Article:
When a tenant is in breach if its lease, for example by failing to pay rent or breaching a tenant covenant, the landlord is usually entitled to forfeit (terminate) the lease. Once a breach has taken place, and the right to forfeit has arisen, the landlord must take care not to waive (give up) that right.
Typically waiver occurs where a landlord accepts or demands rent from its tenant. This is seen as the landlord making a choice to treat the lease as continuing; the right to forfeit has been waived. Landlords are, sensibly, very nervous of accepting or demanding any rent from their tenants as soon as forfeiture becomes an option.
However, the recent Court of Appeal decision Faiz v Burnley BC  EWCA Civ 55 has provided further clarification on what rent can be accepted and when waiver will occur. Demanding or accepting rent which accrued and was due prior to the breach will not amount to waiver, even if the landlord had knowledge of the breach when it demanded payment. However, if the landlord has knowledge of the breach and it accepts rent which fell due after the date of the breach, even if the landlord did not know of the breach on the date when the rent in question fell due, this will amount to a waiver. Between the breach occurring and the date of the landlord’s knowledge, rent should not be accepted therefore.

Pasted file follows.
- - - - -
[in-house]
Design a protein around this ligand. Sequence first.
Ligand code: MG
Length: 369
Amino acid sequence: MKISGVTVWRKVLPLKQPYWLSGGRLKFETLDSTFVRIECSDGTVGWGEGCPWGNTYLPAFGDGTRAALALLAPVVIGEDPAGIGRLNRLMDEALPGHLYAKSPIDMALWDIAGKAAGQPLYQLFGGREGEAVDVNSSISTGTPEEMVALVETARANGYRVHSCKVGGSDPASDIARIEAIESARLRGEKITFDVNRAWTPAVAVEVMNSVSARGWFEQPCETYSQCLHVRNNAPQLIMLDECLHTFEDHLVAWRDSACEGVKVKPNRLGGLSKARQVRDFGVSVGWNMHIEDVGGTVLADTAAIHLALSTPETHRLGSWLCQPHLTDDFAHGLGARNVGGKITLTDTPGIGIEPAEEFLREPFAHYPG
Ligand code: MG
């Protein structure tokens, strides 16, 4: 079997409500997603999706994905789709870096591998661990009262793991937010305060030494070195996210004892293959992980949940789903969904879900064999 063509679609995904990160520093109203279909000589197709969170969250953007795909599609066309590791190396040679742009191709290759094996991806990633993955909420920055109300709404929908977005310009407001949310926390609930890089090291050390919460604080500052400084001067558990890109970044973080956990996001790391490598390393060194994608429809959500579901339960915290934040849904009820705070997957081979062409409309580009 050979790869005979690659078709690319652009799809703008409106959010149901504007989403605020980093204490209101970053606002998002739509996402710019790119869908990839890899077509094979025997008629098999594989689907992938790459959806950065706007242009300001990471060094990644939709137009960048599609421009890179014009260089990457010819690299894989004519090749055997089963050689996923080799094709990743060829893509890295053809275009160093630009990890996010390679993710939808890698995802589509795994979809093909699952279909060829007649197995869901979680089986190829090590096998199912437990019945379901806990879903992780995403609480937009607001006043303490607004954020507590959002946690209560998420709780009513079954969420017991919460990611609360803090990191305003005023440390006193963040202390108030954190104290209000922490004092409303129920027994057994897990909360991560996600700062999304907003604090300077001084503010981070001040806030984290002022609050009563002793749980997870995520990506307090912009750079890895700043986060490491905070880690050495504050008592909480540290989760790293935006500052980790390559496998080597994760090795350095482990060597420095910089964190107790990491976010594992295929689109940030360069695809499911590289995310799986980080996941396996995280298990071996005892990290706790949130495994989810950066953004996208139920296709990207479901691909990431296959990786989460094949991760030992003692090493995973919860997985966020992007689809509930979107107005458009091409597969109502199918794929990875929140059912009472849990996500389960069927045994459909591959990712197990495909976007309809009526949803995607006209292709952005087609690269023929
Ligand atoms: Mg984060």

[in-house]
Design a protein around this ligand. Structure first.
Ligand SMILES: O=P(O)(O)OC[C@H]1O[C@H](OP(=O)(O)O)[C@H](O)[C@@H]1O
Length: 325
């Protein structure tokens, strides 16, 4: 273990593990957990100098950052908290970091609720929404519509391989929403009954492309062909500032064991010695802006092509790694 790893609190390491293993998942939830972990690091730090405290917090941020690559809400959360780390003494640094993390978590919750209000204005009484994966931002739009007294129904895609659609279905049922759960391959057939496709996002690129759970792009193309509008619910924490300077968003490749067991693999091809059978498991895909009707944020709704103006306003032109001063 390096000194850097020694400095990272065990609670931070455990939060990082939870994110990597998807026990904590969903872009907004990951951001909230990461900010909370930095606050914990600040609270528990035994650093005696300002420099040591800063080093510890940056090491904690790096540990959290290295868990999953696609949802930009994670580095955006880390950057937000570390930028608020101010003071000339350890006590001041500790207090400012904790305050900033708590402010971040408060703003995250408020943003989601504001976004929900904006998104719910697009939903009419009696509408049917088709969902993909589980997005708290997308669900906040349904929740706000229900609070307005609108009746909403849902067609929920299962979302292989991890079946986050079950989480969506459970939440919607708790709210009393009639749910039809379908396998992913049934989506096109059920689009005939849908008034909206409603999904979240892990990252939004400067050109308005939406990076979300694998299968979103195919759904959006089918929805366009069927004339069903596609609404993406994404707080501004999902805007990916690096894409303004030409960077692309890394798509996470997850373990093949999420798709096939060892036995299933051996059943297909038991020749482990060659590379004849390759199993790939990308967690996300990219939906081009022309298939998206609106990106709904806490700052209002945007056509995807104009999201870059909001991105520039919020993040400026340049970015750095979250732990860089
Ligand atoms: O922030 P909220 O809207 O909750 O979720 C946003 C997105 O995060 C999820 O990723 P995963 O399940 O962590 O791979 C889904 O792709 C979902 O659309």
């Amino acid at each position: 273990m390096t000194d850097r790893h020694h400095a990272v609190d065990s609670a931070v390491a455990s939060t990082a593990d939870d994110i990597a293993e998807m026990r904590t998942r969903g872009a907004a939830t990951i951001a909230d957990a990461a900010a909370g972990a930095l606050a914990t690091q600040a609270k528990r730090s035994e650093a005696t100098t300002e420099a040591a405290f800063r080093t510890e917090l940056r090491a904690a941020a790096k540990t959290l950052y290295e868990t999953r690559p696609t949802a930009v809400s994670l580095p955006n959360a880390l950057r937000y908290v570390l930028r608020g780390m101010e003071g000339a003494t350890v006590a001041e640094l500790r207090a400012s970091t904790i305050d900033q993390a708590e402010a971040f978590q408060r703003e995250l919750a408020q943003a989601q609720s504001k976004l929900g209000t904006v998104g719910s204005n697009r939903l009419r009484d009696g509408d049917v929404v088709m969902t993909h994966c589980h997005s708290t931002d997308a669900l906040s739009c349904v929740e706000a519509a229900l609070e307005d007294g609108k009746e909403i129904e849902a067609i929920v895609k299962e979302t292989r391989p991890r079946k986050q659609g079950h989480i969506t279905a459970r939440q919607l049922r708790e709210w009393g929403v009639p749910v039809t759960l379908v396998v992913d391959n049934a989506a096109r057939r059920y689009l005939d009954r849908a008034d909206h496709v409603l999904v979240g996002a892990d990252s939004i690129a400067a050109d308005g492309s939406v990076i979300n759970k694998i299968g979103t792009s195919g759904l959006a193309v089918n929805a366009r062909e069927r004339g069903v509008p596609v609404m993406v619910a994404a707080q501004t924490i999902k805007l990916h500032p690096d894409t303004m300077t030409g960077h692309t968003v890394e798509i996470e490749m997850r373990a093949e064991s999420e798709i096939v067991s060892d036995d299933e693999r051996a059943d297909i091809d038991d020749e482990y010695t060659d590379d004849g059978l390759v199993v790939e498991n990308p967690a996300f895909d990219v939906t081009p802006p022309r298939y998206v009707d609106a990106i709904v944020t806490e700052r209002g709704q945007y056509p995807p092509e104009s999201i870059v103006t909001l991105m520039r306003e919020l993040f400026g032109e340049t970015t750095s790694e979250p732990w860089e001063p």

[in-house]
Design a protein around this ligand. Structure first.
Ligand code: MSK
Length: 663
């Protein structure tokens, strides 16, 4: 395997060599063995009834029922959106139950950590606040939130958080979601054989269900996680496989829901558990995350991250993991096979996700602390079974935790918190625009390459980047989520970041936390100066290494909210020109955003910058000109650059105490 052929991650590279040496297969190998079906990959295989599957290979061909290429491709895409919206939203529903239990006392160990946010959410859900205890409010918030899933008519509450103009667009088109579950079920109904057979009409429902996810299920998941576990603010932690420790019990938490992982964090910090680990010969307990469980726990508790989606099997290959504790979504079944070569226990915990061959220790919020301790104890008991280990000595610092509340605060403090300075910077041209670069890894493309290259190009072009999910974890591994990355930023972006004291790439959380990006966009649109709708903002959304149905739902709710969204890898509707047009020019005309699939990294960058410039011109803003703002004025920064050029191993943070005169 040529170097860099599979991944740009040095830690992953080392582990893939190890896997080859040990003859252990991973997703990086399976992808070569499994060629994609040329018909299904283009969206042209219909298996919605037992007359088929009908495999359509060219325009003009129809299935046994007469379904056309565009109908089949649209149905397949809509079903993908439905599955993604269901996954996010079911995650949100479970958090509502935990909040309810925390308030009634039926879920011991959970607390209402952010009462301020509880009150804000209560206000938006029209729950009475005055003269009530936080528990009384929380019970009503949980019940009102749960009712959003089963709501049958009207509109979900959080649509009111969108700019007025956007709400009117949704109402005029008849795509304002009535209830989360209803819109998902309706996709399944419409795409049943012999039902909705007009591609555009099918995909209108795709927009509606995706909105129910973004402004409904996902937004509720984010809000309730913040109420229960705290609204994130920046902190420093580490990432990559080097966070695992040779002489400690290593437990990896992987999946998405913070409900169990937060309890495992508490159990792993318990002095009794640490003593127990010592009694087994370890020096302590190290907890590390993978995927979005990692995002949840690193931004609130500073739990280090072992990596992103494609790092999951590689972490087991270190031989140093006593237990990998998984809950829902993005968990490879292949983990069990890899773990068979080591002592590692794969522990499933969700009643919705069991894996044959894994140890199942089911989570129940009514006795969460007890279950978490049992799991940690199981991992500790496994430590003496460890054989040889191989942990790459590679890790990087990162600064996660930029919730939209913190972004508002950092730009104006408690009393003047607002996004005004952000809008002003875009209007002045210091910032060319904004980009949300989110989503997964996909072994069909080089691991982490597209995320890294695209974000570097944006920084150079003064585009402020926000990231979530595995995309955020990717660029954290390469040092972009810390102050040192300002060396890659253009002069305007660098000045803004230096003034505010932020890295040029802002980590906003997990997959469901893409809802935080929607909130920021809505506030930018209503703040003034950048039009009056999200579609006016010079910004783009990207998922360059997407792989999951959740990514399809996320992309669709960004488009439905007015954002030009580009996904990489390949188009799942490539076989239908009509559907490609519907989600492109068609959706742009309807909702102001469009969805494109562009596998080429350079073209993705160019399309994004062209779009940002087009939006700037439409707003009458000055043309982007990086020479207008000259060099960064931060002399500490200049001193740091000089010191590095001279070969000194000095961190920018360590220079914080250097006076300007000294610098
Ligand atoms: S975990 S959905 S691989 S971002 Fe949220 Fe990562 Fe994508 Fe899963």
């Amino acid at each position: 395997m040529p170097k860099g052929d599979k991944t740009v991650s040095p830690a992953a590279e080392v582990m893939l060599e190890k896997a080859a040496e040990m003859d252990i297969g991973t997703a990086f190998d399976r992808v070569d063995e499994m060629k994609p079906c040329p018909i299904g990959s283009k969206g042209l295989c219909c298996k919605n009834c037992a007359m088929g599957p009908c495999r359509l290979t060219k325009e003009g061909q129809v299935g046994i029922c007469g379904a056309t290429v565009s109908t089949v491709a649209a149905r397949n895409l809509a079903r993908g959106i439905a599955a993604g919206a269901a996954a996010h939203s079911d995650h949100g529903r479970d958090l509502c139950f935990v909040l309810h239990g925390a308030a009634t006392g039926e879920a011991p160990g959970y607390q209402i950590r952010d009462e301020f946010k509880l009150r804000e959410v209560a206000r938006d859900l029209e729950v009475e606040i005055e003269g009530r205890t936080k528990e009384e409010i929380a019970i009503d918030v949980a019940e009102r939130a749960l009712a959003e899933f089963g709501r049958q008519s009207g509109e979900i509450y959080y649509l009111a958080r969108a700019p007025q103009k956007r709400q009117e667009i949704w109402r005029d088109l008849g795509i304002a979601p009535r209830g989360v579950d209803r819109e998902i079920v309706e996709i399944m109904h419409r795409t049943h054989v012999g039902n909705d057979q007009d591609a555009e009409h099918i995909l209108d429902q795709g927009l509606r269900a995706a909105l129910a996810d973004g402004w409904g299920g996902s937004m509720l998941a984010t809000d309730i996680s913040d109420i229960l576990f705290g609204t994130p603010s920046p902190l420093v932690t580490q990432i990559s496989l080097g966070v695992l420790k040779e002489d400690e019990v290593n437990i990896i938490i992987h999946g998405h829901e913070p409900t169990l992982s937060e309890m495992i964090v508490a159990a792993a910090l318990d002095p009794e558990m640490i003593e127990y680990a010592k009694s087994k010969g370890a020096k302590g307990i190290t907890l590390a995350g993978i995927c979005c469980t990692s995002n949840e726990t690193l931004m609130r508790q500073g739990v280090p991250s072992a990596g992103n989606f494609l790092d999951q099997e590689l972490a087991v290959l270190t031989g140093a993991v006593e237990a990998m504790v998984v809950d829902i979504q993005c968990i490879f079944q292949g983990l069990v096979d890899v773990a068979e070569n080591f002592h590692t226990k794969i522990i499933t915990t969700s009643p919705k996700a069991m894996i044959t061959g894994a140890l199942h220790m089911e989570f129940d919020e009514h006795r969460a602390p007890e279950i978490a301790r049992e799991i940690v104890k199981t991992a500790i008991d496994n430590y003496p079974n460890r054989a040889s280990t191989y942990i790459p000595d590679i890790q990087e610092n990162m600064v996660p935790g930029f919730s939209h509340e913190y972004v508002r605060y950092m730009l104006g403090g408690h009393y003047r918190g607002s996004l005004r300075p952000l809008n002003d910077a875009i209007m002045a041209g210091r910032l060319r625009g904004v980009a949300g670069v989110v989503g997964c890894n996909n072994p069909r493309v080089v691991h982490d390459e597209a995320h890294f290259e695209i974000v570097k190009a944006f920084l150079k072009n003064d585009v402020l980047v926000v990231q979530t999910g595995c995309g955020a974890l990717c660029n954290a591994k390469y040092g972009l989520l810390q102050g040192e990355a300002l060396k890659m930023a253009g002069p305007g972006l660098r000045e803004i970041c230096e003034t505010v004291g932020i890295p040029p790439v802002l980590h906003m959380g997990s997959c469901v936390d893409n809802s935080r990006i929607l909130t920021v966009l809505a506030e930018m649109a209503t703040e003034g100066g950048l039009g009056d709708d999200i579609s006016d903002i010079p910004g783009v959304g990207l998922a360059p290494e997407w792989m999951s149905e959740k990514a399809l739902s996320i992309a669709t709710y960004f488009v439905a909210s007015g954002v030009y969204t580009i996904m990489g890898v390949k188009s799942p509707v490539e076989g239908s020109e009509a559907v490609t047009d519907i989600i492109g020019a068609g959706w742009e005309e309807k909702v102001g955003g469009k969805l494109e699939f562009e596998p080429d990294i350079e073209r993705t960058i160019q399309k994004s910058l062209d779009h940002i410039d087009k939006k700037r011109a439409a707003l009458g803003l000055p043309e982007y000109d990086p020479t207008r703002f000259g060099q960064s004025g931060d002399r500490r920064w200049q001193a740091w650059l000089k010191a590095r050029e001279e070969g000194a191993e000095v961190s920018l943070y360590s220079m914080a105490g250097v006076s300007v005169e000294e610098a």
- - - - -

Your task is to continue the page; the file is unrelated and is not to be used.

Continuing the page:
In Faiz v Burnley BC the landlord re-issued a rent invoice after it had knowledge of the breach, the revised (reduced) invoice demanding payment of rent only up to the date on which the landlord became aware of the breach, not for the period thereafter. This was held not to amount to a waiver because it was not a fresh invoice but rather a revised invoice.
This decision provides useful guidance to landlord who may be unsure whether to accept or demand rent from tenants where they are considering forfeiture. Many landlords have been faced with significant rent arrears due to the pandemic and, although the available enforcement methods have been restricted, forfeiture (other than for non-payment of rent) remains possible. This decision provides welcome clarification on how to approach demands and acceptance of rent.
However, the case also shows the fine balance between what amounts to waiver and what does not. This is a tricky area to navigate and specific legal advice should always be sought.
If you require our advice or assistance in relation to the above please do not hesitate to contact our Property Disputes Team by email or by calling 01603 610911 who can advise and assist you throughout this process.
Note: the contents of this article is for general information only and does not constitute legal advice. Specific legal advice should be taken in any particular circumstance.